In May 2010, an Ackermann PR planning team and the Israeli-based law firm Meitar began structuring this trip, working to highlight Tel Aviv’s StartupCity status and innovation potential. A group of two dozen international lawyers traveled from 20 different countries to make this exploratory visit and possibly initiate business connections.
Our group was composed of fairly seasoned world travelers, including me and husband U.S. Navy LCDR (retired) Steve Skinner, now a veterinarian and co-owner of Knoxville Animal Clinic. During his active duty years, Steve and I lived and worked overseas, frequently traveling internationally during several U.S. military operations including Desert Storm/Desert Shield and the Libyan conflict.
Those military years trained us to take precautions, and I’d spent considerable time this fall talking with U.S. State Department/ Foreign Service Desk personnel. After assessing the situation of the past few months, our group all agreed it seemed stable enough to proceed with the educational visit.
But our real education into Israel’s new situation began as those Hamas missiles aimed Thursday towards Tel Aviv. Each following day brought inside pictures of the military buildup, and into the Israelis’ attitudes to live their lives as normally as possible.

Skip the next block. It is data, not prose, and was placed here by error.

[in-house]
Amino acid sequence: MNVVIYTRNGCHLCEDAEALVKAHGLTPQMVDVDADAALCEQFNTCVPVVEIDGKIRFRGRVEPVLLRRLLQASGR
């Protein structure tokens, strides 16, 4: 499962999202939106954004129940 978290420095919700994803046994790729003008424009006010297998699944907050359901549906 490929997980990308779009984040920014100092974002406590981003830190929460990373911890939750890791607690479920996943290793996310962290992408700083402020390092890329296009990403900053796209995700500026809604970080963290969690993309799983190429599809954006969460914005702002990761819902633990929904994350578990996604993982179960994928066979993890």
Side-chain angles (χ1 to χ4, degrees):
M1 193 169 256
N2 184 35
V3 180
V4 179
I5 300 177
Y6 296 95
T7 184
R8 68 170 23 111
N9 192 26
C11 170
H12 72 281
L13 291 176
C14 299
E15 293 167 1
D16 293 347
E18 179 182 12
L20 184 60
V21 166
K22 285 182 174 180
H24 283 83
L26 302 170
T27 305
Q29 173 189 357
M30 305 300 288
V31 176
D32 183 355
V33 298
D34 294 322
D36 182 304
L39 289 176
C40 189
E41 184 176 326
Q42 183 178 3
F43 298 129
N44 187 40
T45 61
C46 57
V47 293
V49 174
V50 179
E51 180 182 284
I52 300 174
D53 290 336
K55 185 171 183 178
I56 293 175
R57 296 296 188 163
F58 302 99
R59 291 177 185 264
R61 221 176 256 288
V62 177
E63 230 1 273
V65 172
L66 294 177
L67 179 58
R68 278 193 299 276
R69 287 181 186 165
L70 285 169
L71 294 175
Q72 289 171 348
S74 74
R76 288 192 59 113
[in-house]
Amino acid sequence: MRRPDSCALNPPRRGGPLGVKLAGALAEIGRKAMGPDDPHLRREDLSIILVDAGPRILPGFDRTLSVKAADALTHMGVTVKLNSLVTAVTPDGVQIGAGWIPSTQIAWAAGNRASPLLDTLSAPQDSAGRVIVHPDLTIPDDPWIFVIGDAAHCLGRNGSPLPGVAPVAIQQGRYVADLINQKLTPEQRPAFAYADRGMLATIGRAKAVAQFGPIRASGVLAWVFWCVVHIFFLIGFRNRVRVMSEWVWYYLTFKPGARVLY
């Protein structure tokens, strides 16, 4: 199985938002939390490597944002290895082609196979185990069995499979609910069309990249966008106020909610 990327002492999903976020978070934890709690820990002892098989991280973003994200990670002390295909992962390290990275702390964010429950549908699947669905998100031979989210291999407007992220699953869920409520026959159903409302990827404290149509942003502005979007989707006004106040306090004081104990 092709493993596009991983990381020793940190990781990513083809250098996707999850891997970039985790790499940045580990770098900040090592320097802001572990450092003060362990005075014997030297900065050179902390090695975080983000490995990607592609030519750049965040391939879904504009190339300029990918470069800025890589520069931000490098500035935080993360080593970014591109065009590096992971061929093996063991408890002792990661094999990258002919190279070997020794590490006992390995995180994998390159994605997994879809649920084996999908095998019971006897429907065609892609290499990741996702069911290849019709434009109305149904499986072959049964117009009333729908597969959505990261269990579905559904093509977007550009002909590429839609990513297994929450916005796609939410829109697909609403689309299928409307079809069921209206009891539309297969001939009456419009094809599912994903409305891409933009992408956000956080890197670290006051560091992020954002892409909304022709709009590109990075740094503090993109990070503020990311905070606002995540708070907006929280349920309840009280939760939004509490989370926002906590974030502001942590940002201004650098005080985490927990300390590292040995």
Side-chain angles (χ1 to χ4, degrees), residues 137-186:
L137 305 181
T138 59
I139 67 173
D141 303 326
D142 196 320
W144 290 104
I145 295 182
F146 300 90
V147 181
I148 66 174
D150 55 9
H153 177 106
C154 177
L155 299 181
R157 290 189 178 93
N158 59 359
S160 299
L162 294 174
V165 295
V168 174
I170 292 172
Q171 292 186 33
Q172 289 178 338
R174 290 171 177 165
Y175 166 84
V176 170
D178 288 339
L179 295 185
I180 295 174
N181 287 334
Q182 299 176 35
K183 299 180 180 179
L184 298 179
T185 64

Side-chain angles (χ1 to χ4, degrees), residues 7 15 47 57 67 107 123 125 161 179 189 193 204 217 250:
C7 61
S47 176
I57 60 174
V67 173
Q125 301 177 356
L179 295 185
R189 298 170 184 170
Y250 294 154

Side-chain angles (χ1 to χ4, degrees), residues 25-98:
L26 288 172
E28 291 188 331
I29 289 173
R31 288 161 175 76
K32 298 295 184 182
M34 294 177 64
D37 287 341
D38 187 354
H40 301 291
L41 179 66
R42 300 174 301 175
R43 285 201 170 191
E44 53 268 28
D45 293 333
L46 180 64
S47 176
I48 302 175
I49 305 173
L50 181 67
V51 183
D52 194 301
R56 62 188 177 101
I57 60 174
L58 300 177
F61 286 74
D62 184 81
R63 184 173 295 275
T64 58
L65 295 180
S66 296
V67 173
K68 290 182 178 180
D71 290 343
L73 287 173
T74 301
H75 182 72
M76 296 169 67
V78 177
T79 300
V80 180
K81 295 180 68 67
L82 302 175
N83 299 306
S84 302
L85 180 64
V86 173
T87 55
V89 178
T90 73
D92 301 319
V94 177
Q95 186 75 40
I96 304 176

Grace Under Fire
Our host firm and hotel staff set the reassuring tone, remaining positive in the midst of their own family worries and possible impending reserve call-up status. In turn, not one of us fled for the airport, and we all tried to conduct business as usual (and even took a couple tours).
We were in Jerusalem Friday when that city was targeted by Hamas missiles. Sirens forced us to huddle under an arch near the Via Dolorosa. Our tour guides and hosts had thought Jerusalem might be safer than Tel Aviv, because insurgents previously had not fired upon the Holy City in many decades, possibly due to the presence of multiple sites considered holy by the Muslim faith.
Luckily, the missiles fell short.
That night, true grace under fire was exhibited by Meitar’s managing partner, Col. Dan Geva, who also is commander of Homeland Front for the Tel Aviv area. He oversees approximately 2,000 reserve soldiers, including a nonconventional and chemical weapon defense battalion. We were stunned when he took two hours away from his reserve duties to host us for Friday Shabbat Dinner in his home.